Three years after the U.K. Bribery Act came into force, many businesses are still struggling to implement the procedures necessary to prevent corruption. Over a third of nearlyt 3,000 anti-corruption controls assessed by GoodCorporation were graded as inadequate in a recent study by the international business consultant.
GoodCorporation’s findings, detailed in, “Combating Corruption: are Businesses Doing Enough?," a white paper published in conjunction of the United Nation’s International Anti-Corruption Day on Dec. 9, suggest that anti-bribery procedures recommended by the Ministry of Justice are not being successfully implemented. Sixty-three percent of the anti-corruption due diligence procedures it evaluated were found to be inadequate. Although due diligence checks are vital, GoodCorporation found a high level of inadequate procedures in the control of third parties that will make businesses extremely vulnerable if they are prosecuted forbribery. “We predict that a wave of new corruption scandals is almost inevitable,” GoodCorporation director Leo Martin said of these shortcomings.
“The Ministry of Justice has made it very clear what they expect businesses to put in place to prevent corruption,” Martin added. “That so many of the recommended procedures are not being properly implemented should be a real concern for businesses. It weakens any corporate defence while aiding prosecutors to bring about a successful case.”
Even more worrying for businesses, the researchers say, is that a clear gap is emerging between companies that are succeeding in putting adequate procedures in place and those that are not. The study divided companies into four quartiles, according to their average grades. The disparity between the top and bottom quartiles was described as “striking,” with good companies significantly outperforming weaker ones.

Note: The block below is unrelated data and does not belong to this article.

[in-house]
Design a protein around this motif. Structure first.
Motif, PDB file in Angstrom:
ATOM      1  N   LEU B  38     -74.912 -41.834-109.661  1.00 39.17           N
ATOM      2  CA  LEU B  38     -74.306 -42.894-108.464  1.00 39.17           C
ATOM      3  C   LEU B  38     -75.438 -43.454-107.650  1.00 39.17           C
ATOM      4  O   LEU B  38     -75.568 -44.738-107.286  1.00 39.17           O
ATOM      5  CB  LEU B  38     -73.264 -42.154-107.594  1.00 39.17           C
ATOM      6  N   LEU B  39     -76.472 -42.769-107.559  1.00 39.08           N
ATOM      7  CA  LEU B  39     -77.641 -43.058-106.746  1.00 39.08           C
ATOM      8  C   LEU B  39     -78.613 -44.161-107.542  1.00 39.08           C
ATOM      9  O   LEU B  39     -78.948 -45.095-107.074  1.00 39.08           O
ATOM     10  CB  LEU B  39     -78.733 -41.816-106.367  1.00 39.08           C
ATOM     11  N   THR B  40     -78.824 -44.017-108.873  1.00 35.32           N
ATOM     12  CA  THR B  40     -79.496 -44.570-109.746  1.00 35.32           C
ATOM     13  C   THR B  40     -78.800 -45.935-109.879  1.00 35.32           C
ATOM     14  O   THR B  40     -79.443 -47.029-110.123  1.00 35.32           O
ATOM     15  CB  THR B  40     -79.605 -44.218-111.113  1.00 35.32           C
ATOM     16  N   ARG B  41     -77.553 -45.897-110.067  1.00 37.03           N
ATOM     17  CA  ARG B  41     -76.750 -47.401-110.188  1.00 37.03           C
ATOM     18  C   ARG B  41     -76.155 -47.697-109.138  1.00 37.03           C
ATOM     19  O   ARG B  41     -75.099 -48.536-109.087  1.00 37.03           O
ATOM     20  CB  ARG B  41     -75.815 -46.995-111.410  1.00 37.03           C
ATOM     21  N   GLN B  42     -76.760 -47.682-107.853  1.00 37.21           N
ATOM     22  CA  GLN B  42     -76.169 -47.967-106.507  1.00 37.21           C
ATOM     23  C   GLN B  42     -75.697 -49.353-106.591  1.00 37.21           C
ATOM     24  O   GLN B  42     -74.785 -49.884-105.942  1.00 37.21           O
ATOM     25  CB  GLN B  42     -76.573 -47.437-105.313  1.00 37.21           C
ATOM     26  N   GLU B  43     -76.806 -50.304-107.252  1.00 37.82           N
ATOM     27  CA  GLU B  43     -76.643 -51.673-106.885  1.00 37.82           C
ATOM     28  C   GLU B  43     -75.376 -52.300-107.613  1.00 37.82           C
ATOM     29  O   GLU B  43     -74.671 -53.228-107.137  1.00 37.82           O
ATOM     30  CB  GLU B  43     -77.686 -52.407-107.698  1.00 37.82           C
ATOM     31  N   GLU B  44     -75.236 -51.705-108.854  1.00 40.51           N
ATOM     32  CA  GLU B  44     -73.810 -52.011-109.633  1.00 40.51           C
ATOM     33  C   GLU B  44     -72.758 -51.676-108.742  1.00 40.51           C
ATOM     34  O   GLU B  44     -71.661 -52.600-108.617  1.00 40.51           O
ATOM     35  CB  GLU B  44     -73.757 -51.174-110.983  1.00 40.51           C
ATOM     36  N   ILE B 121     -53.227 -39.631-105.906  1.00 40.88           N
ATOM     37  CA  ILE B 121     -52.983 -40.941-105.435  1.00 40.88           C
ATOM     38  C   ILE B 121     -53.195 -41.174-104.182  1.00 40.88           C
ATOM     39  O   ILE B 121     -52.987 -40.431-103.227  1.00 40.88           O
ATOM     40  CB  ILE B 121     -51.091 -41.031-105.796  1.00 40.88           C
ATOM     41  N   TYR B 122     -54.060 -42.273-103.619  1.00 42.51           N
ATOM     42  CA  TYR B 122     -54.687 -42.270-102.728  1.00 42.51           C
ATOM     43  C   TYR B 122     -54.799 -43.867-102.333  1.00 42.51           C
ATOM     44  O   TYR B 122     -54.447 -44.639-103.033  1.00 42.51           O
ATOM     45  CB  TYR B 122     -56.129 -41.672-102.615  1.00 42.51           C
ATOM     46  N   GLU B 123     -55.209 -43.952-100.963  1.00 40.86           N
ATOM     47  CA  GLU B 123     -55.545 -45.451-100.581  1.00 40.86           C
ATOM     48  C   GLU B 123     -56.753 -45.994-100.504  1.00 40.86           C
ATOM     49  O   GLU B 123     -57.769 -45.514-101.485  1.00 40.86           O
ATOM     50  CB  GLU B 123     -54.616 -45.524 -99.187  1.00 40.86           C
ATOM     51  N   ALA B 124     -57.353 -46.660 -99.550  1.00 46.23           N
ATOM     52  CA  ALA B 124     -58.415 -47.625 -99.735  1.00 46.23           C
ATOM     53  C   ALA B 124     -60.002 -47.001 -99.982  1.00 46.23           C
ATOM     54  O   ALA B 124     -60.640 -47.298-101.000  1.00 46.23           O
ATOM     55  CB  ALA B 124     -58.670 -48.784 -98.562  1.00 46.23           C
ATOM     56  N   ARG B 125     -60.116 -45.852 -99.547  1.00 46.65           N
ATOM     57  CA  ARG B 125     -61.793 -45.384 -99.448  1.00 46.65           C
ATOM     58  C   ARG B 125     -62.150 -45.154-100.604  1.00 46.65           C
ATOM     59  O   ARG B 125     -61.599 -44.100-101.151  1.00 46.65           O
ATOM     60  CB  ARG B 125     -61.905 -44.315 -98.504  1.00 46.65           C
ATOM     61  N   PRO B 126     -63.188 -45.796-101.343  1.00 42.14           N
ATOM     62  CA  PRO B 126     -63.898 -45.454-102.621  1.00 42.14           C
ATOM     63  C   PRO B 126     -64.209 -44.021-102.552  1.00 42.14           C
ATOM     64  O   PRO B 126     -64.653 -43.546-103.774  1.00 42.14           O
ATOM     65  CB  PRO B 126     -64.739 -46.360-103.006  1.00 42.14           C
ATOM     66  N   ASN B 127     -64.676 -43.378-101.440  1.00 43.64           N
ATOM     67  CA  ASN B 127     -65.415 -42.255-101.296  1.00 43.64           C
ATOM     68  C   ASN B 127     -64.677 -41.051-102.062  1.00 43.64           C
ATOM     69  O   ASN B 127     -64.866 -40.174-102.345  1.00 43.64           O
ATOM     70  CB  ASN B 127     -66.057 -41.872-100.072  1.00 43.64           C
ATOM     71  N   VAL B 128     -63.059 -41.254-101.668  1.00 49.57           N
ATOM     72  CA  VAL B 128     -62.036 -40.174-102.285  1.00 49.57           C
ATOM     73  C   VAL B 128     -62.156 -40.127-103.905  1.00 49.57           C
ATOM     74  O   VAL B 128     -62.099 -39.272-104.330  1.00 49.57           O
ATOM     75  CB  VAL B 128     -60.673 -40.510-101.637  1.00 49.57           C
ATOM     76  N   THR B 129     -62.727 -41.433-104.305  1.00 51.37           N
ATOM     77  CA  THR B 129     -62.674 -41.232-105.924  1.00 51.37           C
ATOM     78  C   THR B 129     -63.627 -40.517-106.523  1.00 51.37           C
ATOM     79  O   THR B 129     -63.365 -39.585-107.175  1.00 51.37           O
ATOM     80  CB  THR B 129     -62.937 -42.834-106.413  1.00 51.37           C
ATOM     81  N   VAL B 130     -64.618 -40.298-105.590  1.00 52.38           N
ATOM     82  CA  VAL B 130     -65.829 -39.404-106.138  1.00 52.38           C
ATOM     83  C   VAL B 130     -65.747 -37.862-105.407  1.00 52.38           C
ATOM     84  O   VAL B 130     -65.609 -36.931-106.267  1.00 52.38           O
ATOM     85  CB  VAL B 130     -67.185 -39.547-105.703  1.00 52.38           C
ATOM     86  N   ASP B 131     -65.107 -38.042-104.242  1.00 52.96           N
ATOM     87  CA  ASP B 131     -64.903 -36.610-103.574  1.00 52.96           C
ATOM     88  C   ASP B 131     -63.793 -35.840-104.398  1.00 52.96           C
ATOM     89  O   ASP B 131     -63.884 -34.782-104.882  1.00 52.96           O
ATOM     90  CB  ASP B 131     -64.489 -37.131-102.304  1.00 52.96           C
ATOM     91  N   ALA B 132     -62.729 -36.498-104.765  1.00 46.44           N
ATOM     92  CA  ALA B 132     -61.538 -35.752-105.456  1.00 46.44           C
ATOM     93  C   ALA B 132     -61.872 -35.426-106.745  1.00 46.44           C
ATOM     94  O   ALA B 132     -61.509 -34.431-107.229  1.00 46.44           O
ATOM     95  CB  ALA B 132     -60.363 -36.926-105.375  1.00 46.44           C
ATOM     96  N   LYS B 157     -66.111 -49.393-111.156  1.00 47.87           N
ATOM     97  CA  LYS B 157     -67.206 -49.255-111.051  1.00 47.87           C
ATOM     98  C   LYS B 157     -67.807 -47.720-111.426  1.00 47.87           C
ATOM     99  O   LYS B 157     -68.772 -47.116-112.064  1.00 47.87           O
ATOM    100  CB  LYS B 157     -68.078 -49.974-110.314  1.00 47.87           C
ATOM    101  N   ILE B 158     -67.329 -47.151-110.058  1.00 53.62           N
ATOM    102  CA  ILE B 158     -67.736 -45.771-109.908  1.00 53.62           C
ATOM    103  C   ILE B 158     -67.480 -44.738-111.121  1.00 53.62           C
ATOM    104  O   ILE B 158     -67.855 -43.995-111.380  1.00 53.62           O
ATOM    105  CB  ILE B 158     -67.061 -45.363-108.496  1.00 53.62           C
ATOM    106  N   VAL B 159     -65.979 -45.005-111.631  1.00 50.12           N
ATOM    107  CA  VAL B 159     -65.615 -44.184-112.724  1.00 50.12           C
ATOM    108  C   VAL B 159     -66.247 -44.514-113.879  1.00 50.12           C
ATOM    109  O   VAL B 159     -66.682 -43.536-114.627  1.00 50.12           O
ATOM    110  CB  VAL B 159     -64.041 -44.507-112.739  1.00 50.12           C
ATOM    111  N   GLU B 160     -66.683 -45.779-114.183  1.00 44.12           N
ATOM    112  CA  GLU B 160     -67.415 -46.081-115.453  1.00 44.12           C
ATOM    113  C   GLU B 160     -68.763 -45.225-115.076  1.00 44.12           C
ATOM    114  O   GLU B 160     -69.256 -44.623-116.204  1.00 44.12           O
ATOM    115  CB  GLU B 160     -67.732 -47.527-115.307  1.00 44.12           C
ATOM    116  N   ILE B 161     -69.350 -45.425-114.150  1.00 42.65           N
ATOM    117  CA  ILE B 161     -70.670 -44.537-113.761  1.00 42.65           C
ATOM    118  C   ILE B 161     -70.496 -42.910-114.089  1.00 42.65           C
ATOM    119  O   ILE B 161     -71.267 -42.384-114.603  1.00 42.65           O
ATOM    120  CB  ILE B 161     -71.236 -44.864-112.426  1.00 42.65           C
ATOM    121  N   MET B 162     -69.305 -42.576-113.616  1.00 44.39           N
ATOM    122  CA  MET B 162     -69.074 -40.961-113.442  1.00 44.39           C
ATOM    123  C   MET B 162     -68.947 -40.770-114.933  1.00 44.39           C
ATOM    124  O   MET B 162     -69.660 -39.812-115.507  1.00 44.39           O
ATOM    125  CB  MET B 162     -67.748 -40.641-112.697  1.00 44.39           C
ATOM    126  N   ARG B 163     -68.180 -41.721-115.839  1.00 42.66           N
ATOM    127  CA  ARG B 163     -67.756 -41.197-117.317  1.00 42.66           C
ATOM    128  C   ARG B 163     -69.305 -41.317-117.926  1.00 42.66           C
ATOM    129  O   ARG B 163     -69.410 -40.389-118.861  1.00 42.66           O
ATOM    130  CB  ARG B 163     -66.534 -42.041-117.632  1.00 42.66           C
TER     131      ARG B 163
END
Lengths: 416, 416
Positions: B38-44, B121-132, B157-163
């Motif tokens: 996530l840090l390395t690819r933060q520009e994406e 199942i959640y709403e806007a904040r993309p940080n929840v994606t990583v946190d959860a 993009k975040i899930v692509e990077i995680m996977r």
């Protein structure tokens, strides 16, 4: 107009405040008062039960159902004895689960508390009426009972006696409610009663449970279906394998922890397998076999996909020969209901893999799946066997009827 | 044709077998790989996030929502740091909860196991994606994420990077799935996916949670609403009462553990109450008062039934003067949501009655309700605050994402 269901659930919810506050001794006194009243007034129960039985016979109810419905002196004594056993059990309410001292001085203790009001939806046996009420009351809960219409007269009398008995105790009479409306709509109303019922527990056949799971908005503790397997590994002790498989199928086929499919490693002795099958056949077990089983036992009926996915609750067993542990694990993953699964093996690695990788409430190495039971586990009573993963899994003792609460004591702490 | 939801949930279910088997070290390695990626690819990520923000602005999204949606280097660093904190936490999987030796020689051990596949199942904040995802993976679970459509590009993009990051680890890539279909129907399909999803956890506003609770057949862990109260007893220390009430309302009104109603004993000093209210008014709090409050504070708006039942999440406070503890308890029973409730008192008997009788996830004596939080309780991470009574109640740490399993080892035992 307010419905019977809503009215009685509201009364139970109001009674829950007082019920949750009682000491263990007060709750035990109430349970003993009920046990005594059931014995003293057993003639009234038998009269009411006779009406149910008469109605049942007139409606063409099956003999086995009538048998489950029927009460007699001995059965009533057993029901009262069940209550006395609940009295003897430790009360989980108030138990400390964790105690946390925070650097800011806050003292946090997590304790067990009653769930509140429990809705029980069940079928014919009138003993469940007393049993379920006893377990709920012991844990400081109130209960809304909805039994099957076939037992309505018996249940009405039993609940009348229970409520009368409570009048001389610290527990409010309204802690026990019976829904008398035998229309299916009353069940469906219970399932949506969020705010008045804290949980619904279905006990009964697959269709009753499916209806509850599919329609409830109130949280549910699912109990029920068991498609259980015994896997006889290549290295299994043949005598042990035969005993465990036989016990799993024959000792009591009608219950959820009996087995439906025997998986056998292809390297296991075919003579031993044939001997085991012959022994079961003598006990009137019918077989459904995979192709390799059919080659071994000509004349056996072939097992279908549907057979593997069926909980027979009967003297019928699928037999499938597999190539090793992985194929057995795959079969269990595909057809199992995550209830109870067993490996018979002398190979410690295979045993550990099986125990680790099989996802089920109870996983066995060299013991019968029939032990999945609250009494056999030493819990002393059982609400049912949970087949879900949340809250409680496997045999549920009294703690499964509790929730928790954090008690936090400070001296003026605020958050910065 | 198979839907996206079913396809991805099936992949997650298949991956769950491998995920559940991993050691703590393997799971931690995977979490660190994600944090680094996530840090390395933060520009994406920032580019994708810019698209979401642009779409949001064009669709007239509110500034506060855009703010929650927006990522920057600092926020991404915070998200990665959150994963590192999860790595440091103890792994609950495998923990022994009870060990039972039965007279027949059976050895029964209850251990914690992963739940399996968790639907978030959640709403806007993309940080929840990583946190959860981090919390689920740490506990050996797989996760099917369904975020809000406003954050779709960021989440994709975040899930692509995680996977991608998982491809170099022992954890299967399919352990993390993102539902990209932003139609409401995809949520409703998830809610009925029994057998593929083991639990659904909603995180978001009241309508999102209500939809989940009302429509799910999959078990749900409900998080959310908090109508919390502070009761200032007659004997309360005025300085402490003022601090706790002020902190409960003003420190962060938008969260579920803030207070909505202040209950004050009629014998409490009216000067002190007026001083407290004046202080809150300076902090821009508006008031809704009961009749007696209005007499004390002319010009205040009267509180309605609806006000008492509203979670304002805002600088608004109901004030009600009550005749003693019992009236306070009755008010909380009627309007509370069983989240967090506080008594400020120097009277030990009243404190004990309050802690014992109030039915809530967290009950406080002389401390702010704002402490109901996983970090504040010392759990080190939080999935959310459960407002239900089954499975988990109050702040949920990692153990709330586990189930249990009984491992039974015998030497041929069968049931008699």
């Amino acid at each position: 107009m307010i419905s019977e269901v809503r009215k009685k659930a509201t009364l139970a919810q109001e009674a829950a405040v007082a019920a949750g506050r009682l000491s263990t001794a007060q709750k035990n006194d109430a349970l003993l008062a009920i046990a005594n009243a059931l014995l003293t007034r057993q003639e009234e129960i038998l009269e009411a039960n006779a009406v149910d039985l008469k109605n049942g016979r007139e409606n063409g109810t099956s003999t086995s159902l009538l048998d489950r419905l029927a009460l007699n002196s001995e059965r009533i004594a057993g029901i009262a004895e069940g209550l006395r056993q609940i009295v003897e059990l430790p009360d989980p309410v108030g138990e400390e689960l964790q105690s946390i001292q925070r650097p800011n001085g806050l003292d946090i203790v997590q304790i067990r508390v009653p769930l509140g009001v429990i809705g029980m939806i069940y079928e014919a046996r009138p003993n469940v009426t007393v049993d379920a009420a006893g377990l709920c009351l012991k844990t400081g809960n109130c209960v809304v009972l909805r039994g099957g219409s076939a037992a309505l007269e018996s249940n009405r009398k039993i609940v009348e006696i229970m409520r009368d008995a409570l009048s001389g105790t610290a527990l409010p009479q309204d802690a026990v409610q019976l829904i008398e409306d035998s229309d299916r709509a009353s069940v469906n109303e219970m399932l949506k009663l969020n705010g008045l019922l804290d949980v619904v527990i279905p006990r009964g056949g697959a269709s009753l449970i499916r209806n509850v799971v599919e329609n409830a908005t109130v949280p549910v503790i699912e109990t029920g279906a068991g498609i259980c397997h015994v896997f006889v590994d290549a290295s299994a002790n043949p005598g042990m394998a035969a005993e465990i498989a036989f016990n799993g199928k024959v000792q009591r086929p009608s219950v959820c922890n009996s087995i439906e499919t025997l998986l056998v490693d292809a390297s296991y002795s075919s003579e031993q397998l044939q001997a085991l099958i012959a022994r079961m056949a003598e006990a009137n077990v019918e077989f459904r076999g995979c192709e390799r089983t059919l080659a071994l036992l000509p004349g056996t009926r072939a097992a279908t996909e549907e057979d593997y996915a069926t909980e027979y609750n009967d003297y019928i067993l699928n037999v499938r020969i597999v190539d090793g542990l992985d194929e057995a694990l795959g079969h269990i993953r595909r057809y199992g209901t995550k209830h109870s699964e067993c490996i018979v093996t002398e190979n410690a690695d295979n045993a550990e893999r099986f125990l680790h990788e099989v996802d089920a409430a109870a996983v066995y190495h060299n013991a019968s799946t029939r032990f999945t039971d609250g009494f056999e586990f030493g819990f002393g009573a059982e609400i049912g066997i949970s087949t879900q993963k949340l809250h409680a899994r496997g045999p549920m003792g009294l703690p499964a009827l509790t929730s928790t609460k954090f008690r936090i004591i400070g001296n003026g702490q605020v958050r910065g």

Other key findings:
All companies in the top quartile could demonstrate a strong top-level commitment to implementing anti-bribery and corruption controls with clear policies that are widely and publicly communicated and a zero-tolerance statement from the board.
Anti-corruption due diligence is the hardest area to get right (63 percent inadequate) followed by communication and training (50 percent) government and regulatory affairs (45 percent) and human resources (42 percent).
Government and regulatory affairs departments are struggling to come to terms with implementing effective controls (45 percent inadequate) demonstrating that dealing with governments is still a very grey area that needs focus.
Training of sales intermediaries is a particularly week area with 63 percent of the procedures checked found to be inadequate.
The research was is based on the results of anti-bribery and corruption assessments carried out by GoodCorporation in a cross-section of industries including oil and gas, telecoms, defence, manufacturing and pharmaceuticals. Assessments were madeusing its anti-bribery and corruption framework, a list of 71 management practices to reduce the risk of corruption. Crafted with recommendations from the Organisation for Economic Co-operation and Development and Transparency International, the framework is based on the six principles outlined in the Ministry of Justice Guidance on the Bribery Act and is aligned with the U.S. Foreign Corrupt Practices Act.